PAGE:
Using the threat of kidnapping Avera’s grandchildren and putting them into the hands of the State Department of Human Resources, Soronen extorted a confession from Avera that she was buying Sudafed to manufacture crystal methamphetamine. It did not help that her son — a habitual drug user who had been through rehab several times — had a bottle of methadone and a pouch containing drug paraphernalia that police found during a vehicle search.
She was convicted after the trial judge allowed the prosecutor to make entirely unsubstantiated claims. These included that Avera had confessed to having used crystal meth for two years — her former employer, a physician, insisted there was never any indication she was a drug user — and that she had somehow “diluted” drug tests that showed she had no meth in her system.
Avera’s conviction is being appealed, and she is free on a $20,000 bond. But Kim accepted a deal that allowed him to plead guilty of one misdemeanor charge of possessing an unregistered gun with the understanding the charges would be dismissed and his guns and gun parts — worth $10,000 — would be returned if he stayed out of trouble for nine months. Now the Metropolitan Police are refusing to release Kim’s guns.
“The mistake he made was agreeing to a search of his vehicle,” Kim’s attorney Richard Gardiner told The Washington Times. “If the police ask for consent to search, the answer is ‘no.’ If they ask, ‘why not?’ The answer is, ‘no.’”
For most people, encounters with police end with no more than a warning or a ticket. But you never know when you may say or do something that interests the officer enough that he or she wants to take a closer look at who you are and where you’ve been.
Privacy expert and lawyer Mark Nestmann writes in his book, The Lifeboat Strategy to never consent to a vehicle search. He reminds that you do not have to answer an officer’s questions if you are being detained.
From his book:
Say something like, “Officer, I know you want to do your job, but I can’t consent to a search.” A likely response will be, “Why not? What do you have to hide?” You are under no obligation to answer this question. Instead, say something like, “Officer, am I under arrest? If not, I would respectfully ask that you permit me to leave.” If there’s no response, then announce, “Officer, if you’re not detaining me, may I leave?” If the response is “yes,” say “thank you” and leave immediately. If the response is ambiguous, or if your question is answered by another question, repeat your question: “Am I being detained, or may I leave now?”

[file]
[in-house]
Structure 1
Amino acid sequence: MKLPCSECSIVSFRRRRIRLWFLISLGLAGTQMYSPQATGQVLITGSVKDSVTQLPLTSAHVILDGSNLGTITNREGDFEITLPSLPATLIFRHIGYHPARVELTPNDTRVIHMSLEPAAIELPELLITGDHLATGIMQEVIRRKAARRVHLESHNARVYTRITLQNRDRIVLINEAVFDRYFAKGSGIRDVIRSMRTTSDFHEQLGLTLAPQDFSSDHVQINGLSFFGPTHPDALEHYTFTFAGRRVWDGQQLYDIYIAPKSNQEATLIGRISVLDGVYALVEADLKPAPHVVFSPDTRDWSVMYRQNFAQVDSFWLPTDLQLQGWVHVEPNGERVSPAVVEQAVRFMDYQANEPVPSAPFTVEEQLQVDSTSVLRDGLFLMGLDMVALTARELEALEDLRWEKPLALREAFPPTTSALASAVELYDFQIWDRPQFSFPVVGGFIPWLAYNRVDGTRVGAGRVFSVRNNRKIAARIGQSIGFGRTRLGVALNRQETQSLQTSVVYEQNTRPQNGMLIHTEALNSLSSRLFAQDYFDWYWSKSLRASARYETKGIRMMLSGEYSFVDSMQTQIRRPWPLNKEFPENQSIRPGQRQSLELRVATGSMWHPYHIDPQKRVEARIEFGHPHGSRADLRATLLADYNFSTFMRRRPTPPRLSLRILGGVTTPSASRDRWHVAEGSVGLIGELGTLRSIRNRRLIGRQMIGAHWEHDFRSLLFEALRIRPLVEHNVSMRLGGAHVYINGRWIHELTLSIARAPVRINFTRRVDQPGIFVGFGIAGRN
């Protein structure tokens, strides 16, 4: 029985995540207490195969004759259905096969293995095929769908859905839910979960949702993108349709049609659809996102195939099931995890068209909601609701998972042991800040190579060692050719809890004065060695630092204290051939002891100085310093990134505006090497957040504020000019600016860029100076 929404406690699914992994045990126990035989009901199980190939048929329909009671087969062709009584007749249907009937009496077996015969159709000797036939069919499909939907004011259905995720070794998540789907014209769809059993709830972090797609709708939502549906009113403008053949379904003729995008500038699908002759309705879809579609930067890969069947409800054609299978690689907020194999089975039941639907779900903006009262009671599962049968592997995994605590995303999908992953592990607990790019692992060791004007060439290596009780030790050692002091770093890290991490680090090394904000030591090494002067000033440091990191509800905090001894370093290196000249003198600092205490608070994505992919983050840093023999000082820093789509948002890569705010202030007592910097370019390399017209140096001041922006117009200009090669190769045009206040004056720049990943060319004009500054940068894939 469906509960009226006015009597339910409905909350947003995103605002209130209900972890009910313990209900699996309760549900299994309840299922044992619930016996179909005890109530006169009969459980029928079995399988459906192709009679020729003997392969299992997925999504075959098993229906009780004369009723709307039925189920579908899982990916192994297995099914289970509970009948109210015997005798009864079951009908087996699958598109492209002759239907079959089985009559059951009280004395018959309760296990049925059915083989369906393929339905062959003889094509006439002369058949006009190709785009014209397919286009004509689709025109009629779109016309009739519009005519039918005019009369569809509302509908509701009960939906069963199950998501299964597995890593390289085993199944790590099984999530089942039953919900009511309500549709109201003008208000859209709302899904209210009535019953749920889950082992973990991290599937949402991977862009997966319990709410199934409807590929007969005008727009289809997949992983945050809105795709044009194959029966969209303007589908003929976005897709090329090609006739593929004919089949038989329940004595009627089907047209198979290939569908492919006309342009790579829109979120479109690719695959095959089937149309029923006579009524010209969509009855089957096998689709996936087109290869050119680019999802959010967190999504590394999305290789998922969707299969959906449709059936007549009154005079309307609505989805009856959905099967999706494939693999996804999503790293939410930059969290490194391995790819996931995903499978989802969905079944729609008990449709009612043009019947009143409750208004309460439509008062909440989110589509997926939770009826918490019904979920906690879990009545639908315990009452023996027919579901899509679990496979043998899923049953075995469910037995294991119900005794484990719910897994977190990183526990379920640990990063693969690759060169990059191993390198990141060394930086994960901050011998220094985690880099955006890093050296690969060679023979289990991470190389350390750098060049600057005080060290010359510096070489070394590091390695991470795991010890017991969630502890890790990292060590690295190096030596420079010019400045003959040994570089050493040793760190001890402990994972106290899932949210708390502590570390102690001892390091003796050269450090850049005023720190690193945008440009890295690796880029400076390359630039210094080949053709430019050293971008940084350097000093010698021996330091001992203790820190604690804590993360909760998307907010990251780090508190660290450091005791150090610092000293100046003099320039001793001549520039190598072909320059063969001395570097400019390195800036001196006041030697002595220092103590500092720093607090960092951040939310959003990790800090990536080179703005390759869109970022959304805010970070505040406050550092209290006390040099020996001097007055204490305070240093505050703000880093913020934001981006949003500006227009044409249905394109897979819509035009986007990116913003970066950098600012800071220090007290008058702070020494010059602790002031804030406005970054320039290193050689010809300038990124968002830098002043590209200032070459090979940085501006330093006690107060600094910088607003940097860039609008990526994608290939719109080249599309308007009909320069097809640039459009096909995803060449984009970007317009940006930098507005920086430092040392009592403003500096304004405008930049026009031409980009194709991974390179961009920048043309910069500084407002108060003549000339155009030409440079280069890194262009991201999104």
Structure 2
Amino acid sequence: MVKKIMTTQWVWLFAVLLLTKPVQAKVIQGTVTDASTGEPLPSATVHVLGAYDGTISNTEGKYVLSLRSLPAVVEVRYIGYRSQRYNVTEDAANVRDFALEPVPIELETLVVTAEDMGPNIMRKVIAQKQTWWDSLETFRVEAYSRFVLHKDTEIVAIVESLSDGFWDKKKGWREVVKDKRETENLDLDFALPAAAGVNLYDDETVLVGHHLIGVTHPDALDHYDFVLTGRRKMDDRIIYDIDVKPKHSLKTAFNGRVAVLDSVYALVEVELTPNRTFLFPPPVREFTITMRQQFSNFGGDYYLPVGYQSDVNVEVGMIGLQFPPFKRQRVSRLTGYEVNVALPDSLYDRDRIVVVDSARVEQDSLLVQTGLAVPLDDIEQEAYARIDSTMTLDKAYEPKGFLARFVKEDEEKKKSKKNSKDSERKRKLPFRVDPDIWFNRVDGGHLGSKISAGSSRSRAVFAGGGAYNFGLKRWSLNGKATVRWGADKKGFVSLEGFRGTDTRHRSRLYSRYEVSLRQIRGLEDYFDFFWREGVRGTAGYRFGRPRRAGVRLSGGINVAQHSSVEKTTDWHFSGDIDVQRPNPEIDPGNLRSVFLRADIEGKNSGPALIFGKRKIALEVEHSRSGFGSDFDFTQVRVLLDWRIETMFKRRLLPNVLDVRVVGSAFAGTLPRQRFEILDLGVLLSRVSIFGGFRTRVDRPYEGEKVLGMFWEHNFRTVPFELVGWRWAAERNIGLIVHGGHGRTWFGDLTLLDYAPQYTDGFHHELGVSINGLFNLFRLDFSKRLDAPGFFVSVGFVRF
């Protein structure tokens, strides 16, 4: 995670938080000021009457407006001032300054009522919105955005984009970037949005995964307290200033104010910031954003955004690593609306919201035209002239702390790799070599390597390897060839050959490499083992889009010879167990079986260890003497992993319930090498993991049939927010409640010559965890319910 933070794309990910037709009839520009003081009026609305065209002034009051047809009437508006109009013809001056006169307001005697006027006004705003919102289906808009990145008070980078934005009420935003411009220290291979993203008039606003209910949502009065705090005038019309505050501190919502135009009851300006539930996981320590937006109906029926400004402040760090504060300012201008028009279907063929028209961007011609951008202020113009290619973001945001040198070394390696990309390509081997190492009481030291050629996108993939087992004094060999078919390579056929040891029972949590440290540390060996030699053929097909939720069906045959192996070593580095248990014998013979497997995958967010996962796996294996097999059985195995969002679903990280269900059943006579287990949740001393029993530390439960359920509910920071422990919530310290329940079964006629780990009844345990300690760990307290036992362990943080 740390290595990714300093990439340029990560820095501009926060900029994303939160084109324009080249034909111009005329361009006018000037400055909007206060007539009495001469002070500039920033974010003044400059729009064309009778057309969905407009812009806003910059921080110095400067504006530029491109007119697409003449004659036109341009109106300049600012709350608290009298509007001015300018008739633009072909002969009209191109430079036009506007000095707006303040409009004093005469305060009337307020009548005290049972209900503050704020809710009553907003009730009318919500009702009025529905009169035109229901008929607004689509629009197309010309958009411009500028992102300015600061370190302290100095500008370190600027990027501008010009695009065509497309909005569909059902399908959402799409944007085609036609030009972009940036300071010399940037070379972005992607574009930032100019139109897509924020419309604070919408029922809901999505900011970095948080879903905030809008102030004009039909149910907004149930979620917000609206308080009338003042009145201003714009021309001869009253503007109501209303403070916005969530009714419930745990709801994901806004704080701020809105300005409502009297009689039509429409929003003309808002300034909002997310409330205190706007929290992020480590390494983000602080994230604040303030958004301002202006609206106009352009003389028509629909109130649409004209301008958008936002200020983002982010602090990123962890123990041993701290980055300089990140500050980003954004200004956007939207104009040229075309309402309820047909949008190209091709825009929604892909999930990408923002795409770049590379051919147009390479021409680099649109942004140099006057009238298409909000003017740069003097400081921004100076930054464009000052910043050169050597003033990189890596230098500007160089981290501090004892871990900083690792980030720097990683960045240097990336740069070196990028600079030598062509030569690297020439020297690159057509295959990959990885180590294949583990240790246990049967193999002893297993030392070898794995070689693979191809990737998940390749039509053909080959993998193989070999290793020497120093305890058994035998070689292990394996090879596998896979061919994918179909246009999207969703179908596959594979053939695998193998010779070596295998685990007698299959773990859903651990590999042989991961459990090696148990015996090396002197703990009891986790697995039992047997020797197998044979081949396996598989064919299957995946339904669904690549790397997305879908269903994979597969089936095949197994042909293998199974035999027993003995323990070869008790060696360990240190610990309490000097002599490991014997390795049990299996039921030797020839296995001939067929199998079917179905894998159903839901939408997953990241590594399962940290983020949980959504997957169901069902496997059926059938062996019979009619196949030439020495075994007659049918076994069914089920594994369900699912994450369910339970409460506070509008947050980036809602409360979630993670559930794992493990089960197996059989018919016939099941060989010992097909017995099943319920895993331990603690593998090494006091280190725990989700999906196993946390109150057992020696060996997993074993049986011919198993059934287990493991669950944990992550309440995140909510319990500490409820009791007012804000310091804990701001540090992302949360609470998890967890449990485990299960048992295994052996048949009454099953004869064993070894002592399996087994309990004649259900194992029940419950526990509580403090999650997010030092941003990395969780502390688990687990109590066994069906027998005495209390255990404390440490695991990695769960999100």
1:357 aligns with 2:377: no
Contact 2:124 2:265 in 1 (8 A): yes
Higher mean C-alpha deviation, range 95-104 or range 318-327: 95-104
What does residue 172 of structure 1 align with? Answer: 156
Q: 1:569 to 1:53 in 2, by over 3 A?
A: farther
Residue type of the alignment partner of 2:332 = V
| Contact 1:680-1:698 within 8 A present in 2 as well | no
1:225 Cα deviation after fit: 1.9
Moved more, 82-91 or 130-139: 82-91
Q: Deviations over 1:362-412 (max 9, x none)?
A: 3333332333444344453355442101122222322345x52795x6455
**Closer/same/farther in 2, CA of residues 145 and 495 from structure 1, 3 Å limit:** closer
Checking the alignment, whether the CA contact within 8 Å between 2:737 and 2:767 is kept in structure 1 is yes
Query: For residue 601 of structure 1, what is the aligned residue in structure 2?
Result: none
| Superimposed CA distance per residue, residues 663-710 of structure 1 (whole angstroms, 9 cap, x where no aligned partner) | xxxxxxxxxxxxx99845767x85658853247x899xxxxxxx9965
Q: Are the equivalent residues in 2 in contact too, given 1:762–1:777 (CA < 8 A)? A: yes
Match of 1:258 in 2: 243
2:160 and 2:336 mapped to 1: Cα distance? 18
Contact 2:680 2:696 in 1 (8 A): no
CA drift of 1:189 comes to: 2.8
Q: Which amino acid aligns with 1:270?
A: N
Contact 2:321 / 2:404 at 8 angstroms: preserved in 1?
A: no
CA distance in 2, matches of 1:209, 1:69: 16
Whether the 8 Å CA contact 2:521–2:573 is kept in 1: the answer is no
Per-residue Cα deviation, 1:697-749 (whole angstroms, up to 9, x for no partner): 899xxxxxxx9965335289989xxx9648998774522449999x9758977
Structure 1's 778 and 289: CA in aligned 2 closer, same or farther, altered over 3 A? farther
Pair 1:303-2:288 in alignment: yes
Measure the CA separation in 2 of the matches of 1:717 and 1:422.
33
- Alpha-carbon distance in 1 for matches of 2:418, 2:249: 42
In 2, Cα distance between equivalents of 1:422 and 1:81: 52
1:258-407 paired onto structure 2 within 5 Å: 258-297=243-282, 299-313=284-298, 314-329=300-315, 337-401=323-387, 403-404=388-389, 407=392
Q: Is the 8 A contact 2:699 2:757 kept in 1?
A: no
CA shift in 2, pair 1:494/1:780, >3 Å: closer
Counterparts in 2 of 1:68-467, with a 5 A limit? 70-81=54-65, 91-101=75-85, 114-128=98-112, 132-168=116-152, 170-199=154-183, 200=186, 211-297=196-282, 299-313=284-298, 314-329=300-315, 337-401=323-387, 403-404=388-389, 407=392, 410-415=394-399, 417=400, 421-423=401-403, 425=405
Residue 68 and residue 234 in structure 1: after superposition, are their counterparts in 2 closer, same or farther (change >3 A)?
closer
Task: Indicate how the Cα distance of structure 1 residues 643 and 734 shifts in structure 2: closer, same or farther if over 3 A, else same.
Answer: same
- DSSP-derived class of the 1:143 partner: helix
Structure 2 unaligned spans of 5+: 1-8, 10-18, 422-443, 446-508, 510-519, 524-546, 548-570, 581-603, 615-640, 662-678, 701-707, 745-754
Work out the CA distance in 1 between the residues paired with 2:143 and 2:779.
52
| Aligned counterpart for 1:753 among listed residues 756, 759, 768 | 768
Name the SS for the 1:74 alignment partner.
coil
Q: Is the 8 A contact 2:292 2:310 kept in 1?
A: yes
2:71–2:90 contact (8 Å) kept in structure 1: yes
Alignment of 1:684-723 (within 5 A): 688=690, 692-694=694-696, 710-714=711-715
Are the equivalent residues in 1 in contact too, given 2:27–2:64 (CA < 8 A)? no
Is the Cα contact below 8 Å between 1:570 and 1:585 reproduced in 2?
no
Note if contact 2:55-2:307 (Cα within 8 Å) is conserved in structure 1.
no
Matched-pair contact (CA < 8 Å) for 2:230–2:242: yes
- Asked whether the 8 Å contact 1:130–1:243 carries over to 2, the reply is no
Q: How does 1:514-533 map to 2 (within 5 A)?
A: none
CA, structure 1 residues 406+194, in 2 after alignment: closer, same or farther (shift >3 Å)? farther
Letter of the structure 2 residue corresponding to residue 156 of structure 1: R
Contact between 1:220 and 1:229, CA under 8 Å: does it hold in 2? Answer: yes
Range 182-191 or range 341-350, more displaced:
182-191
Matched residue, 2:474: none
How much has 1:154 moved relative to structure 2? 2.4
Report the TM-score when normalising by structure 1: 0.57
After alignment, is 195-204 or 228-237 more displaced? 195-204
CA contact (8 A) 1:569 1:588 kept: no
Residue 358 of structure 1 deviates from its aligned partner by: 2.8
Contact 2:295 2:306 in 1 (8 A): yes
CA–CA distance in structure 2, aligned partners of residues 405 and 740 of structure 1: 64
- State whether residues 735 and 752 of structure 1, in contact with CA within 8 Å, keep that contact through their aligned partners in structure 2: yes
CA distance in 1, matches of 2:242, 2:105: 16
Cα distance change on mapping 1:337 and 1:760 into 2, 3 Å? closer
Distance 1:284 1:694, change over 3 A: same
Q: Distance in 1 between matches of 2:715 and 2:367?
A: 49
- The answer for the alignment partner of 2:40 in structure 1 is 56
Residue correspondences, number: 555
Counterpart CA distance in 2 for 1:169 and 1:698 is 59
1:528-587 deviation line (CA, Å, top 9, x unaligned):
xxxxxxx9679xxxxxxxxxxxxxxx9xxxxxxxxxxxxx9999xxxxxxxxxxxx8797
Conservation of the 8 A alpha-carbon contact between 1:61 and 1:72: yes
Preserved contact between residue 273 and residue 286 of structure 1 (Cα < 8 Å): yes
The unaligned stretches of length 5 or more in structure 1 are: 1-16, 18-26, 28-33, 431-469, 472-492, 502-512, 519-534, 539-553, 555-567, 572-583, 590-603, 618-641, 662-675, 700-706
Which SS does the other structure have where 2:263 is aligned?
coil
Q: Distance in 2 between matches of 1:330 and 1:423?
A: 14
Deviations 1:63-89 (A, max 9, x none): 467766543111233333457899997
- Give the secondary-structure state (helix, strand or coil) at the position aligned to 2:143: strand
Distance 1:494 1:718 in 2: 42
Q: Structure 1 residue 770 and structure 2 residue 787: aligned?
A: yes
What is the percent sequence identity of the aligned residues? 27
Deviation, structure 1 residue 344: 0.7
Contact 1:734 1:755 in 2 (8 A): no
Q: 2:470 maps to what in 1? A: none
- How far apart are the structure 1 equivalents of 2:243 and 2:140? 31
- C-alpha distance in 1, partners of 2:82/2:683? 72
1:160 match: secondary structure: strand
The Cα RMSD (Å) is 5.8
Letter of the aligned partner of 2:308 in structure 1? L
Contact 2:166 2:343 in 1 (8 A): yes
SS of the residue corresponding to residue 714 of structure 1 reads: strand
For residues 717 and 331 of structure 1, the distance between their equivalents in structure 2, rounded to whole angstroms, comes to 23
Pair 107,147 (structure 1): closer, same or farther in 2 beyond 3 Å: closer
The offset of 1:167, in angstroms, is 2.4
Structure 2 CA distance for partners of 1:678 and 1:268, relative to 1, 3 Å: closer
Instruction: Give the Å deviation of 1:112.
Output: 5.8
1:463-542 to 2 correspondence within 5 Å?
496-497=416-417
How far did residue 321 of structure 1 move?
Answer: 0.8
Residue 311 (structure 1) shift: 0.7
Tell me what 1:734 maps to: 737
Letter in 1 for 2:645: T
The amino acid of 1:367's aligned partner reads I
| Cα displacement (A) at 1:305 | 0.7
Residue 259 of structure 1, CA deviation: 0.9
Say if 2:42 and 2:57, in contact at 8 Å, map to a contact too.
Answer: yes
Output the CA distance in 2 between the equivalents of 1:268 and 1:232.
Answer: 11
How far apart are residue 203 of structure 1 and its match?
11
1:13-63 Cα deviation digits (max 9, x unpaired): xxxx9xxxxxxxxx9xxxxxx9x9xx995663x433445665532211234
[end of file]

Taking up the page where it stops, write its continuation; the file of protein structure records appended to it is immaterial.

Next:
If the response is “no,” you’re being detained. Police may detain you or your vehicle for a brief time… If you’re detained, you’re under no obligation to answer any questions or consent to a search. You should point that out; but again, in a non-threatening way. One way is to make a joke; e.g., “My lawyer would kill me if I consented to a search without him being present.”… Specifically mention the word “lawyer.” This will end many requests for a search or to answer questions. If not, tell the officer that you want to call your lawyer… If you don’t have a lawyer… Just keep your mouth shut and don’t consent to a search.
Nestmann also recommends you keep your car free from clutter and conceal everything that you want to keep private. If an officer sees something suspicious out in the open, he can get around the need for consent or a warrant and claim probable cause.
Most people now break many laws during the course of their day that they don’t even know exist. The presumption of innocence no longer applies. Over the past several decades, police have become increasingly militarized and increasingly militant and abusive. For years, complaints about abusive police from members of the black community have fallen on deaf ears. Propaganda-induced ignorance will cause many to dismiss this issue still.
Some people are concerned there will come a time in the United States when the military will be brought to bear on the regular citizens in a time of riots or civil unrest. But it’s more likely we should fear the police, who are already showing a proclivity to attack and abuse citizens — including children — and are obviously preparing for civil unrest.